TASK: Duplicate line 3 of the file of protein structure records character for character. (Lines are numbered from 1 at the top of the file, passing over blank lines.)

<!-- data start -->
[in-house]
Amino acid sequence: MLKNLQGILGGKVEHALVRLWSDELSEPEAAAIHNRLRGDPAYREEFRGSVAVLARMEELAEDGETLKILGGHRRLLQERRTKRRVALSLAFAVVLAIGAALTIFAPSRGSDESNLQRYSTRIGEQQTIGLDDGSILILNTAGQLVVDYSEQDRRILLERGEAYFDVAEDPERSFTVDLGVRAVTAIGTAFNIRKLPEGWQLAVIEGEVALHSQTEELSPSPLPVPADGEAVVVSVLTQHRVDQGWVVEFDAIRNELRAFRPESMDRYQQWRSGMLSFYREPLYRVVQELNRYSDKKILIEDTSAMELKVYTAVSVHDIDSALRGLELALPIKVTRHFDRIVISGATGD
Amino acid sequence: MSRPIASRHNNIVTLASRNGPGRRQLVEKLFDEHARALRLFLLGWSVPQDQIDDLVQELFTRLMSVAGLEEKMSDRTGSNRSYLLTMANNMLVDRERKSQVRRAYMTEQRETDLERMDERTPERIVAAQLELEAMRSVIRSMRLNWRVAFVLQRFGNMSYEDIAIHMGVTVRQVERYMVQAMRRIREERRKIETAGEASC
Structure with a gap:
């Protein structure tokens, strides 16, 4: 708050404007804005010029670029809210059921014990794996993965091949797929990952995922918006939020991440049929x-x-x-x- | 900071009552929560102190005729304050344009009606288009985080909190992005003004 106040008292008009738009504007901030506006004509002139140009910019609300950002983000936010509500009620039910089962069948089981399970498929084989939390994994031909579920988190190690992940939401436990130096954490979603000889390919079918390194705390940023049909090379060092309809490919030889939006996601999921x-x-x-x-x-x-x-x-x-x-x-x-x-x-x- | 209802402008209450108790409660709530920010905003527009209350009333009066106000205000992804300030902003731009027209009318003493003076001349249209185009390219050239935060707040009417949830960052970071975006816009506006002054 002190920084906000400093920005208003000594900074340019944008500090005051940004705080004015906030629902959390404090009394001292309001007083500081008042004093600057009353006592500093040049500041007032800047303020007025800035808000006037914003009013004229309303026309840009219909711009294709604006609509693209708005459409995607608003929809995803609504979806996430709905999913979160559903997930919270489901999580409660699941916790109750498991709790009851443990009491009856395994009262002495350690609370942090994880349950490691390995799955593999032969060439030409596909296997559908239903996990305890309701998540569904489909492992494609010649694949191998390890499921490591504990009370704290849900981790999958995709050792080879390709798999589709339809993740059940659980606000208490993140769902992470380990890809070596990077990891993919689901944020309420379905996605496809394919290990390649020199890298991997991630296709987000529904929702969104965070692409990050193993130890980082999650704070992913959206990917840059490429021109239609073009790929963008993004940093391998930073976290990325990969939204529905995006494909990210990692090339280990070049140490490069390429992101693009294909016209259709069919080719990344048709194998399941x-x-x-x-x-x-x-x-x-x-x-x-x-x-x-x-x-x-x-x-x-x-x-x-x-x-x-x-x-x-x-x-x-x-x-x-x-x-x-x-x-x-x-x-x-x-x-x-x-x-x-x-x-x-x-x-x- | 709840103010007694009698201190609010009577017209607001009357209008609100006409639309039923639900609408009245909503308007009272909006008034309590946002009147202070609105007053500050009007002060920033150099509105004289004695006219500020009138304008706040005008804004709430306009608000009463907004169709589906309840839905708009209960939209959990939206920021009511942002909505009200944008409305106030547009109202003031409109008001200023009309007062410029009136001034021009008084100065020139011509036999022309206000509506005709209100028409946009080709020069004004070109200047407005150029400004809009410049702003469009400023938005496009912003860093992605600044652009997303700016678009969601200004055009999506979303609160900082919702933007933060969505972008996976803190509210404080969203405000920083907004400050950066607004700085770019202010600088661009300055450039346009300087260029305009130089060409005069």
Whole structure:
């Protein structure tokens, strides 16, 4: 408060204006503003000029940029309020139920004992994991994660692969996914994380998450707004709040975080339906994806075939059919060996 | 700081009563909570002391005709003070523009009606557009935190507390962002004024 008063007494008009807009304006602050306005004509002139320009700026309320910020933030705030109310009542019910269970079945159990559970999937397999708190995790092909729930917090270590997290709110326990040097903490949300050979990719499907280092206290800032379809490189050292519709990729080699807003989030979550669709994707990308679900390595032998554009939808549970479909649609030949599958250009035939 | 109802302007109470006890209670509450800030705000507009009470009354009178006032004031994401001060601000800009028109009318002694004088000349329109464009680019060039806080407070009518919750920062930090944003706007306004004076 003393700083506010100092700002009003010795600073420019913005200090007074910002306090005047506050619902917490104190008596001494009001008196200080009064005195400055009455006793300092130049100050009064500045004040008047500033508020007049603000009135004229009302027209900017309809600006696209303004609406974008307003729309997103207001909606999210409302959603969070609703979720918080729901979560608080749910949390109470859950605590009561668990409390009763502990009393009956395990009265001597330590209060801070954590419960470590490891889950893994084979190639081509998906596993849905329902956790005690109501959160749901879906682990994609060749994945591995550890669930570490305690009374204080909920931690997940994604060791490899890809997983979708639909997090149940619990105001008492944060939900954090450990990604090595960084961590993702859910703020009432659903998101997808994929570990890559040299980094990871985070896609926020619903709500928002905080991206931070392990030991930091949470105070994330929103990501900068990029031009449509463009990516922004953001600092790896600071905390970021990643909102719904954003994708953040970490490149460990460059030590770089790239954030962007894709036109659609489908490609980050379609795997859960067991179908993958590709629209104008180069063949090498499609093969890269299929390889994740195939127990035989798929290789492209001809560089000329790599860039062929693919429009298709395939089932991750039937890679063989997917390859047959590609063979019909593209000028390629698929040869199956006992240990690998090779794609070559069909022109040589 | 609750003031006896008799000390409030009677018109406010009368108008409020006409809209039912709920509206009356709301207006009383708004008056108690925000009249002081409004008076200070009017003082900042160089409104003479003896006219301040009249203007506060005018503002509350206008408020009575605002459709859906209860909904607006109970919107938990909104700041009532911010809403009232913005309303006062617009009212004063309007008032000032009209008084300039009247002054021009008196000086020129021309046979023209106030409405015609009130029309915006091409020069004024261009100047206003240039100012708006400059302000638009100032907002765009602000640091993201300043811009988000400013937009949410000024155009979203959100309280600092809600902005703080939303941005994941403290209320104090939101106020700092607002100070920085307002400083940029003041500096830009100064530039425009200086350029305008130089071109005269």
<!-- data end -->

Amino acid sequence: MSRPIASRHNNIVTLASRNGPGRRQLVEKLFDEHARALRLFLLGWSVPQDQIDDLVQELFTRLMSVAGLEEKMSDRTGSNRSYLLTMANNMLVDRERKSQVRRAYMTEQRETDLERMDERTPERIVAAQLELEAMRSVIRSMRLNWRVAFVLQRFGNMSYEDIAIHMGVTVRQVERYMVQAMRRIREERRKIETAGEASC